Skip to main content

Blood pressure monitoring and control by cardiovascular disease status in UK primary care

Cardiovascular diseases remain the main cause of morbidity and mortality in the UK. Strategies to reduce the burden of cardiovascular disease UK, such as the Quality & Outcomes Framework for general practitioners, have often emphasized improved management of high-risk individuals, rather than more population-based approaches to prevention. A recent study published in the Journal of Public Health Medicine by Anthony Laverty and colleagues from Imperial College London examined blood pressure monitoring and control among patients with and without cardiovascular disease in general practices in Wandsworth, London between 1998 and 2007. Logistic regression was used to assess associations among age, gender, ethnicity, deprivation and blood pressure control.

Laverty and colleagues found that the percentage of patients with elevated blood pressure (>140/90 mm Hg) decreased at a significantly slower rate in patients without cardiovascular disease (from 31.0 to 25.3%) compared with those with cardiovascular (from 56.8 to 36.0%). Mean systolic blood pressure decreased from 146.1 to 136.4 mm Hg in patients with cardiovascular disease and from 133.7 to 130.1 in patients without cardiovascular disease. Mean diastolic blood pressure decreased from 84.2 to 78.4 mm Hg in patients with cardiovascular disease; and from 80.5 to 79.0 in patients without cardiovascular disease. They also found that inequalities in blood pressure control decreased among age, ethnic and deprivation groups.

Laverty and colleagues concluded that measurement and control of blood pressure among those people with cardiovascular disease has improved much more rapidly compared with those without cardiovascular disease. This may have been a result of the guidance and incentives given to general practitioners to improve blood pressure control in people with cardiovascular disease.

Comments

Popular posts from this blog

Can GPs issue private prescriptions to NHS patients?

The NHS prescription charge in England is currently £8.60 per item. At this level, many commonly prescribed drugs will cost less than the prescription charge and so some NHS patients may occasionally ask if they can have a private prescription rather than an NHS prescription.

In the past, some GPs have been advised that they could issue both an NHS FP10 and a private prescription, and let the patient decide which to use. But the British Medical Association's General Practice Committee has obtained legal advice that said under the current primary care contract, GPs in England may not issue a private prescription alongside or as an alternative to an NHS FP10 prescription. In any consultation where a GP needs to issue an FP10, the concurrent issue of a private prescription would be a breach of NHS regulations.

The issuing of a private prescription in such circumstances could also be seen as an attempt to deprive the NHS of the funds it would receive from the prescription charge. Fur…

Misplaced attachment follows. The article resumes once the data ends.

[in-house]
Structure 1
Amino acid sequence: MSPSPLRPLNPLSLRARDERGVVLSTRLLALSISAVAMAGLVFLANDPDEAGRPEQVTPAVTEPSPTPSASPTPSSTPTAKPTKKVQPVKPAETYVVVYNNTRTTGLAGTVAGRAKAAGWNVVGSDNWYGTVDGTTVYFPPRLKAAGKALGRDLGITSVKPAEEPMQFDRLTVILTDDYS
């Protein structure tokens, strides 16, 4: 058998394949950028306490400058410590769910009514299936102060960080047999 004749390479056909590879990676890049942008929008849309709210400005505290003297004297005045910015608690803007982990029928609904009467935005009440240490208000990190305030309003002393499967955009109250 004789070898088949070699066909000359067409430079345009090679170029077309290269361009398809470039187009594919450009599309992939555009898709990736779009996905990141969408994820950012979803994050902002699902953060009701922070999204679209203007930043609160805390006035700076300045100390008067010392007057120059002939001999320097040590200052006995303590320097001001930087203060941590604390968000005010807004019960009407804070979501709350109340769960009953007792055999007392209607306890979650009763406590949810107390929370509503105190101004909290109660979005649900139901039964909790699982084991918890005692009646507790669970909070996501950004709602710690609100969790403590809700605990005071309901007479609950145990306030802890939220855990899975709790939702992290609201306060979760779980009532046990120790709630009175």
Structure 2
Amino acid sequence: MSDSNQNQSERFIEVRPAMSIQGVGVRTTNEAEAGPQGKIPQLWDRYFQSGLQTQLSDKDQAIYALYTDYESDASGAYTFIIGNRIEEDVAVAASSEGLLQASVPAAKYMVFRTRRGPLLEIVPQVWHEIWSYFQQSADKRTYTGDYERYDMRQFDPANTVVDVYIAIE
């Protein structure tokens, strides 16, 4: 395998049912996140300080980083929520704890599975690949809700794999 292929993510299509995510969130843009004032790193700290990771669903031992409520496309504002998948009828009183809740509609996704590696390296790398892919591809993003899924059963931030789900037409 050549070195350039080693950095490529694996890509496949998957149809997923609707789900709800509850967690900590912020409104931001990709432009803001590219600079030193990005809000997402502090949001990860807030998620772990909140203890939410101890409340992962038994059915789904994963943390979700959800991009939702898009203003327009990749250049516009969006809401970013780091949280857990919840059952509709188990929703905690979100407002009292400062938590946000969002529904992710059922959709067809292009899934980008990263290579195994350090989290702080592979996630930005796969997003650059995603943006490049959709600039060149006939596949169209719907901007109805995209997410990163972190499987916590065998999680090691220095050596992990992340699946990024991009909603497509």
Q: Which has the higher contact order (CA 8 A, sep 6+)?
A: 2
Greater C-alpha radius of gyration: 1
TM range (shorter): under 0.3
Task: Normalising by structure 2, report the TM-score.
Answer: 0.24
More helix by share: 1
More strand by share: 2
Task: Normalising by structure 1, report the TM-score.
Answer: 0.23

What will Brexit mean for the NHS?

On the 29 March 2017, the Prime Minister of the UK Theresa May, formally notified the European Union (EU) Council President, Donald Tusk, of the UK’s intention to leave the EU. Theresa May’s letter to Donald Tusk triggers a two-year process during which the UK will have to negotiate both the terms of its exit from EU and the arrangements that will replace those we have had for over 40 years with the other member states of the EU. The consequences of the United Kingdom’s departure from the EU (commonly referred to as ‘Brexit’) will be wide-ranging and will affect all areas of UK’s society, including the National Health Service (NHS).

For the NHS, Brexit comes at a time when it faces many other major challenges. These include severe financial pressures, rising workload, increased waiting times for both primary care and specialist services, and shortages of health professionals in many key areas (such as in general practice and in emergency departments). The NHS also faces challenges fr…

Dr Demis Hassabis, Co-Founder and CEO of DeepMind, Speaks about AI in Healthcare

On 28 September 2017, I attended the Annual Institute of Global Health Innovation Lecture: Artificial General Intelligence and Healthcare, delivered by Dr Demis Hassabis, co-founder and CEO of Google DeepMind. Artificial intelligence is the science of making machines smart argued Dr Hassabis, so how can we make it improve the healthcare sector? Dr Hassabis then went on to describe the work that DeepMind was carrying out in healthcare in areas such as organising information, deep learning to support the reporting of medical images (such as scans and pathology slides), and biomedical science. Dr Hassabis also discussed the challenges of applying techniques such as reinforcement learning in healthcare. He concluded that artificial intelligence has great scope for improving healthcare; for example, by prioritising the tasks that clinicians had to carry out and by providing decision support aids for both patients and doctors. Dr Hassabis also discussed some of the ethical issues in using …